Both expressed hope that the new government, which took over on Wednesday from the military junta but remains dominated by the army hierarchy, would "free all political prisoners, introduce a peace and reconciliation process, and fully recognize political parties, including the National League for Democracy led by Mrs. Aung San Suu Kyi," according to a statement from Merkel's office.
Suu Kyi told Merkel she wanted to engage in dialogue with the new government.
Merkel spoke of her support for the 65-year-old leading opposition figure, who was released last year from house arrest, and for "the democratisation process" in Burma, which is also known as Myanmar.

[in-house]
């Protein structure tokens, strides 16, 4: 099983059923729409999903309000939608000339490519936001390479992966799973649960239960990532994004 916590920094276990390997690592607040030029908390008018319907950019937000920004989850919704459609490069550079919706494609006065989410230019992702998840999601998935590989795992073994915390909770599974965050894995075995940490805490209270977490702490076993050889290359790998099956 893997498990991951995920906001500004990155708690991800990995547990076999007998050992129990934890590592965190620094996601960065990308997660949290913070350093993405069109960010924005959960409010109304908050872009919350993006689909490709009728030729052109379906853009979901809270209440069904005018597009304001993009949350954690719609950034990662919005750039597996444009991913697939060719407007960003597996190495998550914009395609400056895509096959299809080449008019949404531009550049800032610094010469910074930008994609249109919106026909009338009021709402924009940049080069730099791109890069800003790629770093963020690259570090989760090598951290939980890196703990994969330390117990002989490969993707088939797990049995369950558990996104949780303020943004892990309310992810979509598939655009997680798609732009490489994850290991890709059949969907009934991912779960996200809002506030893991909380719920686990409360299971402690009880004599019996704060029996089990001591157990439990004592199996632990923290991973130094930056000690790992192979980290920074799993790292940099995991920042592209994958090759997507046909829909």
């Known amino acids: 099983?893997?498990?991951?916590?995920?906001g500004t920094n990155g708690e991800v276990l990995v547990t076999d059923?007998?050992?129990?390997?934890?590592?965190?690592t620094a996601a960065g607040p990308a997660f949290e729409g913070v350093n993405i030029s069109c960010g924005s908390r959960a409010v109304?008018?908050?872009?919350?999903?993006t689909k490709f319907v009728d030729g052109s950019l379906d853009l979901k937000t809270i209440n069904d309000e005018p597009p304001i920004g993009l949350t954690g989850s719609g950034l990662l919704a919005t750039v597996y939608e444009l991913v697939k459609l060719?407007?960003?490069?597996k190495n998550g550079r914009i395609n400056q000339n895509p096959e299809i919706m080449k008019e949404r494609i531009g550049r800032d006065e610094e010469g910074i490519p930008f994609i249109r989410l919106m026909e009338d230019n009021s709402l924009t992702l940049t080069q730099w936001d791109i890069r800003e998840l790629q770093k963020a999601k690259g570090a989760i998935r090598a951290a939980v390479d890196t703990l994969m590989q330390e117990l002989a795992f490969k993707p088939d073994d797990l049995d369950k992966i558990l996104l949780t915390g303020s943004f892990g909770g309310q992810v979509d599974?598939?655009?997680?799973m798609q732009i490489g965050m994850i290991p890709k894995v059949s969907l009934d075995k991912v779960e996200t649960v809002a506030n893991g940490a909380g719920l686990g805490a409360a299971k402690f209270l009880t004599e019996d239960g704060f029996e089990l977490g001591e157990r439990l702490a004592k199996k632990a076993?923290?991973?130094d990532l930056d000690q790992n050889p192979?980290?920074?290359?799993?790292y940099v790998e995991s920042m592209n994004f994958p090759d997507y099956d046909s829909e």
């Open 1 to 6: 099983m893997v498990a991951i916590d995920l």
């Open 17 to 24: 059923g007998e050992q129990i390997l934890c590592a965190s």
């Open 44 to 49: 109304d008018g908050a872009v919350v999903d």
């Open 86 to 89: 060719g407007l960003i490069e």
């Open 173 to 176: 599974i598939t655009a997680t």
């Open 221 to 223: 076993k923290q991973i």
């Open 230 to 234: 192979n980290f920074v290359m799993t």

UN Secretary General Ban Ki-moon on Wednesday called for "inclusive dialogue" on broad political and economic reforms and said the new government must answer
"the long-standing aspirations of the Burmese people for national reconciliation, democratization and respect for human rights remains."
Wednesday's government handover came after Burma's first elections in 20 years last November, which were slammed by critics as a sham to provide a civilian facade to army rule. Suu Kyi did not take part in the poll.
The European Union is to decide in April whether to continue sanctions imposed against the military in Burma.